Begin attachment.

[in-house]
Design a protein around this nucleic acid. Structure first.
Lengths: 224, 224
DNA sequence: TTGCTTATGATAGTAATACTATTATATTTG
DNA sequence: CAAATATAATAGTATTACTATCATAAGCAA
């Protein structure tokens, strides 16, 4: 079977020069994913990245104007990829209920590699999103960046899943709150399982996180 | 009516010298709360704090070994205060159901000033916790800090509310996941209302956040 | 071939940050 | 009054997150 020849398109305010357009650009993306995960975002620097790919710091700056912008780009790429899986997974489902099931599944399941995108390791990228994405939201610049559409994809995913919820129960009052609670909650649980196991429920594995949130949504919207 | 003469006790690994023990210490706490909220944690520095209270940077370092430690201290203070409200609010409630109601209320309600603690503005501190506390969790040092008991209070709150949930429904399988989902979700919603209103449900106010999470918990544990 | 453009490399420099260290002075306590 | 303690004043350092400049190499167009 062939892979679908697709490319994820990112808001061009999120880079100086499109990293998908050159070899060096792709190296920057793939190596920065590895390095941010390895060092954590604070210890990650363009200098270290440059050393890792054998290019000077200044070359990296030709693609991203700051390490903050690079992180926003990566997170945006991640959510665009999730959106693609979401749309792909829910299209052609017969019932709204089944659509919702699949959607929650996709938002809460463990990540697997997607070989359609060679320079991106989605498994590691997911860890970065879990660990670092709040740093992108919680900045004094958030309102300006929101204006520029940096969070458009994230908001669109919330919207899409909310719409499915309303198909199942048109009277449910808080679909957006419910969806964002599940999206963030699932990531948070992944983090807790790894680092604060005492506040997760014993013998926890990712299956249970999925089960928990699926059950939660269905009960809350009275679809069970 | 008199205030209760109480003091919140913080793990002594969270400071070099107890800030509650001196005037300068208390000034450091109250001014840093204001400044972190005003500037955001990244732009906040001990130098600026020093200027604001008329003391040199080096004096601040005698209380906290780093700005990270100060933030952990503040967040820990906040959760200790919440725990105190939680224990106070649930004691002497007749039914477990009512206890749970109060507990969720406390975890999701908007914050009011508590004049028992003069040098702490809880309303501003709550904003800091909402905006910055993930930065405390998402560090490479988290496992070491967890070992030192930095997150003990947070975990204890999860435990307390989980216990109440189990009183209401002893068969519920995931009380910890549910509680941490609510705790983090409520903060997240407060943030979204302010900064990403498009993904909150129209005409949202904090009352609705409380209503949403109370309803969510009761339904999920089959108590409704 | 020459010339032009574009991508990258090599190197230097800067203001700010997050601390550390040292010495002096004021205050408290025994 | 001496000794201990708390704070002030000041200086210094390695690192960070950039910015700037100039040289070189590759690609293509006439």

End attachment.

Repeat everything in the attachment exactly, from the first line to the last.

[in-house]
Design a protein around this nucleic acid. Structure first.
Lengths: 224, 224
DNA sequence: TTGCTTATGATAGTAATACTATTATATTTG
DNA sequence: CAAATATAATAGTATTACTATCATAAGCAA
């Protein structure tokens, strides 16, 4: 079977020069994913990245104007990829209920590699999103960046899943709150399982996180 | 009516010298709360704090070994205060159901000033916790800090509310996941209302956040 | 071939940050 | 009054997150 020849398109305010357009650009993306995960975002620097790919710091700056912008780009790429899986997974489902099931599944399941995108390791990228994405939201610049559409994809995913919820129960009052609670909650649980196991429920594995949130949504919207 | 003469006790690994023990210490706490909220944690520095209270940077370092430690201290203070409200609010409630109601209320309600603690503005501190506390969790040092008991209070709150949930429904399988989902979700919603209103449900106010999470918990544990 | 453009490399420099260290002075306590 | 303690004043350092400049190499167009 062939892979679908697709490319994820990112808001061009999120880079100086499109990293998908050159070899060096792709190296920057793939190596920065590895390095941010390895060092954590604070210890990650363009200098270290440059050393890792054998290019000077200044070359990296030709693609991203700051390490903050690079992180926003990566997170945006991640959510665009999730959106693609979401749309792909829910299209052609017969019932709204089944659509919702699949959607929650996709938002809460463990990540697997997607070989359609060679320079991106989605498994590691997911860890970065879990660990670092709040740093992108919680900045004094958030309102300006929101204006520029940096969070458009994230908001669109919330919207899409909310719409499915309303198909199942048109009277449910808080679909957006419910969806964002599940999206963030699932990531948070992944983090807790790894680092604060005492506040997760014993013998926890990712299956249970999925089960928990699926059950939660269905009960809350009275679809069970 | 008199205030209760109480003091919140913080793990002594969270400071070099107890800030509650001196005037300068208390000034450091109250001014840093204001400044972190005003500037955001990244732009906040001990130098600026020093200027604001008329003391040199080096004096601040005698209380906290780093700005990270100060933030952990503040967040820990906040959760200790919440725990105190939680224990106070649930004691002497007749039914477990009512206890749970109060507990969720406390975890999701908007914050009011508590004049028992003069040098702490809880309303501003709550904003800091909402905006910055993930930065405390998402560090490479988290496992070491967890070992030192930095997150003990947070975990204890999860435990307390989980216990109440189990009183209401002893068969519920995931009380910890549910509680941490609510705790983090409520903060997240407060943030979204302010900064990403498009993904909150129209005409949202904090009352609705409380209503949403109370309803969510009761339904999920089959108590409704 | 020459010339032009574009991508990258090599190197230097800067203001700010997050601390550390040292010495002096004021205050408290025994 | 001496000794201990708390704070002030000041200086210094390695690192960070950039910015700037100039040289070189590759690609293509006439």